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Houston Economic Indicators

Economic Indicators

February 3, 2021

Recent indicators continue to portray an ongoing recovery hampered by the second wave of coronavirus infections. COVID-19 statistics for the Houston area worsened through mid-January, and weekly unemployment claims increased. However, COVID hospitalizations were easing heading into February and vaccinations of the general public were ramping up. Houston jobs continued to recover through the end of 2020, lagging the rest of Texas but on par with the nation. Local and international measures of manufacturing activity improved in December, while exports through Houston-area ports leveled off.


The number of daily coronavirus deaths in Houston were elevated through the first half of January following a surge in hospitalizations in November and December (Chart 1). This likely contributed to softer readings in area mobility and engagement after the holidays. However, the number of COVID-positive patients in Houston-area hospital districts has been dropping since mid-January after approaching July 2020 highs. Economic recovery in 2021 hinges on the virus’ path and the extent to which COVID mitigation restrictions, including reduced capacity at some businesses and business closures, can be lifted.

Chart 1

Vaccinations are a key aspect of fully reopening the economy. In the Houston metro, 389,893 individuals (about 5.5 percent of the population) had received at least one dose of a coronavirus vaccine as of Jan. 28, according to state data. Within that group, 83,045 were fully vaccinated.


2020 Job Decline Deeper in Houston than Rest of Texas, on Par with U.S.

Jobs plummeted in Houston and Texas during the pandemic but less precipitously than in the rest of the nation. Houston payrolls bounced back in May and June as businesses partially reopened from lockdowns. However, surging COVID hospitalizations along with layoffs and bankruptcies from a beleaguered energy industry muted the pace of Houston’s recovery. Houston employment ended 2020 down 5.8 percent relative to year-end 2019 (Chart 2). By comparison, the rest of Texas was down 4.1 percent, and the U.S. outside of Texas was down 6.3 percent.

Chart 2

Houston Unemployment Claims Rise

Initial claims for unemployment benefits rose from 8,279 in the final calendar week of 2020 to 13,600 in mid-January as COVID numbers worsened (Chart 3). Measures of mobility and the number of hourly employees clocking in for work at small businesses during that time pointed to a slowing local economy.

Chart 3

Manufacturing and Trade

Rising Manufacturing Implies Global Trade Recovery

The real dollar value of world export growth was down roughly 4.4 percent year over year in September 2020 (Chart 4). Data on global trade are available with significant lags, but trade growth correlates with global manufacturing output.

Chart 4

Activity in manufacturing and supply chains grew strongly in the latter part of 2020 after declining sharply early in the pandemic. The JPMorgan Global Purchasing Managers Index (PMI) compiled by IHS Markit—a timely proxy for growth in manufacturing activity—registered a value of 55.2 in December. That’s the highest reading since January 2018. Values above 50 signify growing activity, and values below 50 signify declines.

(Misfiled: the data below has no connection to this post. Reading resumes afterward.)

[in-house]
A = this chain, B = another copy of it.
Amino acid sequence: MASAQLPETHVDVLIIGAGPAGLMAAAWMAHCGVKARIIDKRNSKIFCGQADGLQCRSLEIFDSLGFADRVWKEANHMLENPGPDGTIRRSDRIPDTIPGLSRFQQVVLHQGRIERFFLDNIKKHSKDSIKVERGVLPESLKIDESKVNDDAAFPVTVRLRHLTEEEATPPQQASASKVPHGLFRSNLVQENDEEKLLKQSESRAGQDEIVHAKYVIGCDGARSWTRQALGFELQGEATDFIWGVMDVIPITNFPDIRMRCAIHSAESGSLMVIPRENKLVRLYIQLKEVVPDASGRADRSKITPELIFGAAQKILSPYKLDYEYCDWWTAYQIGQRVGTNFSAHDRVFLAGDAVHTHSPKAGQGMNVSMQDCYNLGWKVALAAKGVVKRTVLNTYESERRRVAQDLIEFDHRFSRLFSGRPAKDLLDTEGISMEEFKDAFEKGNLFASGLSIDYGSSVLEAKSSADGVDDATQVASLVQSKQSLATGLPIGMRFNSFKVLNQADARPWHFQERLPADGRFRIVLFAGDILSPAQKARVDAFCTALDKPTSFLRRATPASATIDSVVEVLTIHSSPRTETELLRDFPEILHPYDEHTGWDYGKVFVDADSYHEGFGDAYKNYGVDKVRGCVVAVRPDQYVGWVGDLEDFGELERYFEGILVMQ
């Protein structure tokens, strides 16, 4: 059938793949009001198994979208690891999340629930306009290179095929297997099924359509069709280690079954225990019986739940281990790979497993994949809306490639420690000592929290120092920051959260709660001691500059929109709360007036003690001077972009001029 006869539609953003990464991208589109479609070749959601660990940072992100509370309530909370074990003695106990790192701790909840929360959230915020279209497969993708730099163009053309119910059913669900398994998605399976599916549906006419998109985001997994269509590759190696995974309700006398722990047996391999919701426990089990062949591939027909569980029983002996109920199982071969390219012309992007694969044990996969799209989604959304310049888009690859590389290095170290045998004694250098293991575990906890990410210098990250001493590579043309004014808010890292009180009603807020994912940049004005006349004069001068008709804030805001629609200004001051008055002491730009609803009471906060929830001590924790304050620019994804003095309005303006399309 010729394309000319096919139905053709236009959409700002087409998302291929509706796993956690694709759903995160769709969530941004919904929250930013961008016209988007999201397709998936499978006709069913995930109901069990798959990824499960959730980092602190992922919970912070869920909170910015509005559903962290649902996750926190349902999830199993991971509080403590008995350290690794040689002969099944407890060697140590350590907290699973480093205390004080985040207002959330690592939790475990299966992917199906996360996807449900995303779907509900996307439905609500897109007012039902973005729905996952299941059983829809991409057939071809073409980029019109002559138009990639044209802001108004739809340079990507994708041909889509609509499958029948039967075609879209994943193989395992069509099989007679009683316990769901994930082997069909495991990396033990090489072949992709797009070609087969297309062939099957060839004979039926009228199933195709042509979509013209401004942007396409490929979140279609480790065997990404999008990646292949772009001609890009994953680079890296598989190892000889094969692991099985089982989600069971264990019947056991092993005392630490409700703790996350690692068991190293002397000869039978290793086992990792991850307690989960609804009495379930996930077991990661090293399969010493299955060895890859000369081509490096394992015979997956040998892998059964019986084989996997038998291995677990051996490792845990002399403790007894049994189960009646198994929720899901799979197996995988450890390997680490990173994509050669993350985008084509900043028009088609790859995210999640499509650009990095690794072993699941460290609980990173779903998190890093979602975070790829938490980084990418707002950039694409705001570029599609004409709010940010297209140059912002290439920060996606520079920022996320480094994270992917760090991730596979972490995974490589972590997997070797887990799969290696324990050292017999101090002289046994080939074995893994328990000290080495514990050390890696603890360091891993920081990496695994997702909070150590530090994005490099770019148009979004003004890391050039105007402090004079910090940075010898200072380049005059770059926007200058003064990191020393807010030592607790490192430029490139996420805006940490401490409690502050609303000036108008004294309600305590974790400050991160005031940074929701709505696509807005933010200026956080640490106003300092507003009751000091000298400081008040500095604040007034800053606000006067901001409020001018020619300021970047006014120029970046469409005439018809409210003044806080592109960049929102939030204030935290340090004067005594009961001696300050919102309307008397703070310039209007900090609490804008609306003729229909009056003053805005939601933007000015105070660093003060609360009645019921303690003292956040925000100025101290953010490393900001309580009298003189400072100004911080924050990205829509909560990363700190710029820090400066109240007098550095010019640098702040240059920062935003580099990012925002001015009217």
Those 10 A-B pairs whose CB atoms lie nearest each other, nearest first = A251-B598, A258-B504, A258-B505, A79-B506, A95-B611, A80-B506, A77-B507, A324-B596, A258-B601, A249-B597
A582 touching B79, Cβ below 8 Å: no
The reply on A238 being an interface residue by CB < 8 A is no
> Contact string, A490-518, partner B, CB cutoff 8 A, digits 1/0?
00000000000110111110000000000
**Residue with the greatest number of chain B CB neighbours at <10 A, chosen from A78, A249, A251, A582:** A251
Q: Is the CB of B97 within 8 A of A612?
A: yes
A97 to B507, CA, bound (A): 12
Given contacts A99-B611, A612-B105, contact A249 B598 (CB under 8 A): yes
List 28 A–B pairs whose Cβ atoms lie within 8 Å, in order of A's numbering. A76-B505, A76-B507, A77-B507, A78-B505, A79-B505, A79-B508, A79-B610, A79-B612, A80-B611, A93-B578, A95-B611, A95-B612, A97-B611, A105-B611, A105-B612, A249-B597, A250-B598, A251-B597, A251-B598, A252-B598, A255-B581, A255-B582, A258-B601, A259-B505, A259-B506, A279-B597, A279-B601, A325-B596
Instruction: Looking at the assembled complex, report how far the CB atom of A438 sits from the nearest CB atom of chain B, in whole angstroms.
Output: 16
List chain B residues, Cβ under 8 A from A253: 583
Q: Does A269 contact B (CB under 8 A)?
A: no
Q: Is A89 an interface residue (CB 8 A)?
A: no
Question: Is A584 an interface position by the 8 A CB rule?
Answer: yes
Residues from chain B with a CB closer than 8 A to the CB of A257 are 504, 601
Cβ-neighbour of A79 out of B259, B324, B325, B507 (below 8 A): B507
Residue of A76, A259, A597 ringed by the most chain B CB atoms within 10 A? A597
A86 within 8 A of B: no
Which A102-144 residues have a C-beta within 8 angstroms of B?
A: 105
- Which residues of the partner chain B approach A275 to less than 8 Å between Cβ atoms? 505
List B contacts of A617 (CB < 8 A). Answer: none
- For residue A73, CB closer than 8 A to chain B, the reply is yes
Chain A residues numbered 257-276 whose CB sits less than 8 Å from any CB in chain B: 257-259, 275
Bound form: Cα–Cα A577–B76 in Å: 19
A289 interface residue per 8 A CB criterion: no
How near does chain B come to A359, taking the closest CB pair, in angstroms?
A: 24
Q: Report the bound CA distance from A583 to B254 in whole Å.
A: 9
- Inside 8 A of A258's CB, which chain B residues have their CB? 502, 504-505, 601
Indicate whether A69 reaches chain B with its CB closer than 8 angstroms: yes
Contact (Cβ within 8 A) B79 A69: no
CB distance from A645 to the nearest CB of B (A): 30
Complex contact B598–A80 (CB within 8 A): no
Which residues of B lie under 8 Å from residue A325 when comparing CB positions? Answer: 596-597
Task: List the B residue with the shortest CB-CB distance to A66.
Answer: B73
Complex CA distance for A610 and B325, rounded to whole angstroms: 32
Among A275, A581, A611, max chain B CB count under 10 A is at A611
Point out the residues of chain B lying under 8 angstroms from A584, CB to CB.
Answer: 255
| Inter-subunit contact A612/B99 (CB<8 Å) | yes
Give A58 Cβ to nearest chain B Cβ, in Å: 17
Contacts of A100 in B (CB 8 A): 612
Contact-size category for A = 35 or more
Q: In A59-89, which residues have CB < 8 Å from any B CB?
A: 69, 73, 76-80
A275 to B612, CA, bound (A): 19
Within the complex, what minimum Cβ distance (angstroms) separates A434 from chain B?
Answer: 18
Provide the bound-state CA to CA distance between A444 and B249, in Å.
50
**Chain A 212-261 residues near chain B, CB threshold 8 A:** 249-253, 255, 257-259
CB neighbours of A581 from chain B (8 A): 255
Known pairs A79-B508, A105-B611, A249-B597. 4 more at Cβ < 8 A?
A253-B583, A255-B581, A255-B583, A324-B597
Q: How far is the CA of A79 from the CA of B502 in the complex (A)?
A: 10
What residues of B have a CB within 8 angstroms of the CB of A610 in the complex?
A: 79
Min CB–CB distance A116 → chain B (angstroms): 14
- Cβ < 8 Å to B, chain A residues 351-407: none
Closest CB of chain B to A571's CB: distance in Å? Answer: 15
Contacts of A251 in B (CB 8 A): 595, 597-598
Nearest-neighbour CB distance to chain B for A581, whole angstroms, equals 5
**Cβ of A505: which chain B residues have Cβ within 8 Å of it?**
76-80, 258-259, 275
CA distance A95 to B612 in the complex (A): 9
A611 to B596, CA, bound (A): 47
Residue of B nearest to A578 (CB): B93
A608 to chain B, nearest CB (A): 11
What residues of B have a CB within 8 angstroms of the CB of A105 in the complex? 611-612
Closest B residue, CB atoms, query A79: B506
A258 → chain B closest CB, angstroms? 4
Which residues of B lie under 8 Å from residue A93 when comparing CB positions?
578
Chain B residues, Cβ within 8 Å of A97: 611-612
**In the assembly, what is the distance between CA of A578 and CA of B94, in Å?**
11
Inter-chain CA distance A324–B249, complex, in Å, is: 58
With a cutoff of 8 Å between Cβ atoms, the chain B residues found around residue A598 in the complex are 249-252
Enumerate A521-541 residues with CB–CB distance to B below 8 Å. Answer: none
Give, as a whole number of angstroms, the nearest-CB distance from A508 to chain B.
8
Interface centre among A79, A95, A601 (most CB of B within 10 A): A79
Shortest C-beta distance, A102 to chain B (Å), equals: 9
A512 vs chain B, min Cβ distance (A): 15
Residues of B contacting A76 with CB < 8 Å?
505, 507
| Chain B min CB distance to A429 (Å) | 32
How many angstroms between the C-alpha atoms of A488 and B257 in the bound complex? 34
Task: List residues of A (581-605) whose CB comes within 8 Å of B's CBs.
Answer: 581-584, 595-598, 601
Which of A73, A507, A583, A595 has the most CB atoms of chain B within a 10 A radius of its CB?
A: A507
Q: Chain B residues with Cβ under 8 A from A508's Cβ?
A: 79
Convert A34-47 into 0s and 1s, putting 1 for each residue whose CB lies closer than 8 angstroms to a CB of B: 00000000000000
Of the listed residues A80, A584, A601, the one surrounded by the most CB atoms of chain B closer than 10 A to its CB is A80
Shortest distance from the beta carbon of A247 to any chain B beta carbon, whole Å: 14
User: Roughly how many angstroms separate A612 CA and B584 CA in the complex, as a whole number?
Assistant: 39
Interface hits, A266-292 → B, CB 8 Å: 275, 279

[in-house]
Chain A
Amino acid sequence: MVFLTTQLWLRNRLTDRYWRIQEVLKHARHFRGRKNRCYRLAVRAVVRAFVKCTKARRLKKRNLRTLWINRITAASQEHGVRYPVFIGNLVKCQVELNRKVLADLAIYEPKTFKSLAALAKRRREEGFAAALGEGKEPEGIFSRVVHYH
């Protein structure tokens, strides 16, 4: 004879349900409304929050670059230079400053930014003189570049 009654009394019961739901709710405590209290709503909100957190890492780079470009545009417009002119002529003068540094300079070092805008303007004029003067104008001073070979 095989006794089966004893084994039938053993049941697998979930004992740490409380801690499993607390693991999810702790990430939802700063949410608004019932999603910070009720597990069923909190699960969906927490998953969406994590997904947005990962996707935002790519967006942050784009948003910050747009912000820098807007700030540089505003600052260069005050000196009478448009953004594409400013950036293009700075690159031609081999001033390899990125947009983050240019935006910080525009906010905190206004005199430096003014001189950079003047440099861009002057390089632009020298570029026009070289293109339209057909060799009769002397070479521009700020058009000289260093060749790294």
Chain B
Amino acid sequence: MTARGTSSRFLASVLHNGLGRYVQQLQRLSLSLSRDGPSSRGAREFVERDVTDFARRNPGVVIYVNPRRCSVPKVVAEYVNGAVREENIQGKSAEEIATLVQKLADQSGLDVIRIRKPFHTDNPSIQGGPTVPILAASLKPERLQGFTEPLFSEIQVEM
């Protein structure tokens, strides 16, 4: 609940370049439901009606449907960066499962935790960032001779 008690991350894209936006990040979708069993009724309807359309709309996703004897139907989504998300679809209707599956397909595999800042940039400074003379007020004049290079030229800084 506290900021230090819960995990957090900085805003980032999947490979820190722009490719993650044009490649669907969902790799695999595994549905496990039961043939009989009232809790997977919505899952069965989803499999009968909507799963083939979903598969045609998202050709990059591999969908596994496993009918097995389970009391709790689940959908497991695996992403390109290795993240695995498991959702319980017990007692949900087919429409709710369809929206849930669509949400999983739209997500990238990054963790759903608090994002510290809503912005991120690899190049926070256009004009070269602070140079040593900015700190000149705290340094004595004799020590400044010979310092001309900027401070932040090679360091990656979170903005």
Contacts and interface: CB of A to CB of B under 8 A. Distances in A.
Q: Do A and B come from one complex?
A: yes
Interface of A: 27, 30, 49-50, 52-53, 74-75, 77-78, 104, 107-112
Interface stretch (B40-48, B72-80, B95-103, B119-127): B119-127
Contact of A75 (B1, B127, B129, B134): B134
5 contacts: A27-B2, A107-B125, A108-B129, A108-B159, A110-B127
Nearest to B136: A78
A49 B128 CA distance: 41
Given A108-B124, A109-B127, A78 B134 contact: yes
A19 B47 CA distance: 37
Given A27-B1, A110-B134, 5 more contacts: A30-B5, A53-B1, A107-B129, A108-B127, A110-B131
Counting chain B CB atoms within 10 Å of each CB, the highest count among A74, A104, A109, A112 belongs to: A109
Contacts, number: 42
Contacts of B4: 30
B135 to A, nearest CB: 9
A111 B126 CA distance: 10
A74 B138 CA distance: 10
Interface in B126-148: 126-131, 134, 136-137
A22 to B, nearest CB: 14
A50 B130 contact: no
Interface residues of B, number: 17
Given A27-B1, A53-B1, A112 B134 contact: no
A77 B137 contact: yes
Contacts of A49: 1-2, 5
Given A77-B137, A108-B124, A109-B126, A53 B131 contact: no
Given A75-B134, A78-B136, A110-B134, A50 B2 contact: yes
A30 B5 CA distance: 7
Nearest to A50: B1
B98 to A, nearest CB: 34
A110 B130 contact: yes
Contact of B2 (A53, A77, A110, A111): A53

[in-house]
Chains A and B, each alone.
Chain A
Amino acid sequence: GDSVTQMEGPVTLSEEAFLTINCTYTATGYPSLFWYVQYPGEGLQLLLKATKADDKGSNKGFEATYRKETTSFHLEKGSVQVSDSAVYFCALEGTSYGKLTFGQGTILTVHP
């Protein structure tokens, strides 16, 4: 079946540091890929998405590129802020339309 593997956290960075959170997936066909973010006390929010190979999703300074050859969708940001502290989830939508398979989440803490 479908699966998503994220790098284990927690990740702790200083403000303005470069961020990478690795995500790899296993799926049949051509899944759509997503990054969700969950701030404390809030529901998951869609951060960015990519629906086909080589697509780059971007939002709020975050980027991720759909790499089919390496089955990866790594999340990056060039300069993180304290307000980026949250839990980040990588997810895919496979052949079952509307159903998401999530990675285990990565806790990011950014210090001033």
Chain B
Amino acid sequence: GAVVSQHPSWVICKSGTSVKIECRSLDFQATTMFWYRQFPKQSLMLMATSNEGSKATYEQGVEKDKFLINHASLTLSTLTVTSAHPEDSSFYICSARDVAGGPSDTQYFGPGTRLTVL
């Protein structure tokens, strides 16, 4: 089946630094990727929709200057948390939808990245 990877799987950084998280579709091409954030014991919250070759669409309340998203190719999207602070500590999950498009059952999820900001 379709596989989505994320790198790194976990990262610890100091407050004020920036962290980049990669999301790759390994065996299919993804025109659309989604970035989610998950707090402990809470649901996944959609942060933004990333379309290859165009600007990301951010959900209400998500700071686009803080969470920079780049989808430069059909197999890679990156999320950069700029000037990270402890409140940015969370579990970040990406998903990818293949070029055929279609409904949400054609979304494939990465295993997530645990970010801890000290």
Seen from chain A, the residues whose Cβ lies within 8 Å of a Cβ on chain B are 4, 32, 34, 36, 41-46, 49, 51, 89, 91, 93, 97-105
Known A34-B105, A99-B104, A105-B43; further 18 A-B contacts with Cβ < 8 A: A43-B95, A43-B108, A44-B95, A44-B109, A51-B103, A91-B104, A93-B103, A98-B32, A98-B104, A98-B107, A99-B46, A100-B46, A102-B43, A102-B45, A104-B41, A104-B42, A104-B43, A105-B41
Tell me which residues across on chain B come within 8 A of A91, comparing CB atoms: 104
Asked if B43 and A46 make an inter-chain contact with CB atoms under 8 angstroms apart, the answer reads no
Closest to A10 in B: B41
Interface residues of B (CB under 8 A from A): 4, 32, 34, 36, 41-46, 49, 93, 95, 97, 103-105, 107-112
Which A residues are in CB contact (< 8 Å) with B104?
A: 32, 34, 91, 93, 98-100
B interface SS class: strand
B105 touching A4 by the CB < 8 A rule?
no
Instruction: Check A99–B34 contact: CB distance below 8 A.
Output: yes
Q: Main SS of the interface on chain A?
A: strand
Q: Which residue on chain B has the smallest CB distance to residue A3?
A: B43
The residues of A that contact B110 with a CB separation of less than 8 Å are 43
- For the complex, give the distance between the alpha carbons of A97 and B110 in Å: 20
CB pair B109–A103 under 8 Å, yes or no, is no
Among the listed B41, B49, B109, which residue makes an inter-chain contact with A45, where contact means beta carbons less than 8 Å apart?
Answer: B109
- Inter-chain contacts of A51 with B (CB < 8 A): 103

Gulf Coast Export Destinations Ramp Up Manufacturing Activity

The Houston port region’s exports are dominated by intermediate goods, which feed into global supply chains. Energy, plastics, intermediate chemicals, machinery and machine parts all play outsized roles in the total value and tonnage of goods leaving through the Houston–Galveston customs district. The weighted PMI index for Houston’s export markets continued to expand but slowed from 53.6 in December 2020 to 52.5 in January, similar to the change in emerging-market manufacturing (Chart 5).

Chart 5

Local Indexes Point to Increase in Manufacturing Jobs

Growth in manufacturing production in Houston stabilized in mid-2020 and grew again by year-end (Chart 6). A combination of production measures from the Houston PMI and the Dallas Fed’s Texas Manufacturing Outlook Survey correlates strongly with near-term manufacturing payroll growth in Houston. Although job growth dipped later in 2020, the combined index value in December of 12.8 implies improvement in manufacturing payroll levels in the next few months.

Chart 6

Houston Export Tonnage and Value Begin to Stabilize

Both the value and tonnage (volume) of exports through the Houston–Galveston customs district (which accounts for most of Texas waterborne trade) began to stabilize from midyear through November 2020 after climbing back from pandemic lows (Chart 7). The flattening of volumes near 2019 highs—chiefly in crude and refined product exports—largely reflects the slowing recovery in global liquids demand stemming from the second wave of coronavirus infections in trading-partner countries.

Chart 7

The Texas trade-weighted value of the dollar is also declining (axis is inverted in Chart 7). At the margin, a weakening dollar tends to increase the competitiveness of Texas exports in world markets and is historically associated with growing exports and manufacturing jobs in Texas.

NOTE: Data may not match previously published numbers due to revisions. 

About Houston Economic Indicators

Questions can be addressed to Jesse Thompson at Houston Economic Indicators is posted on the second Monday after monthly Houston-area employment data are released.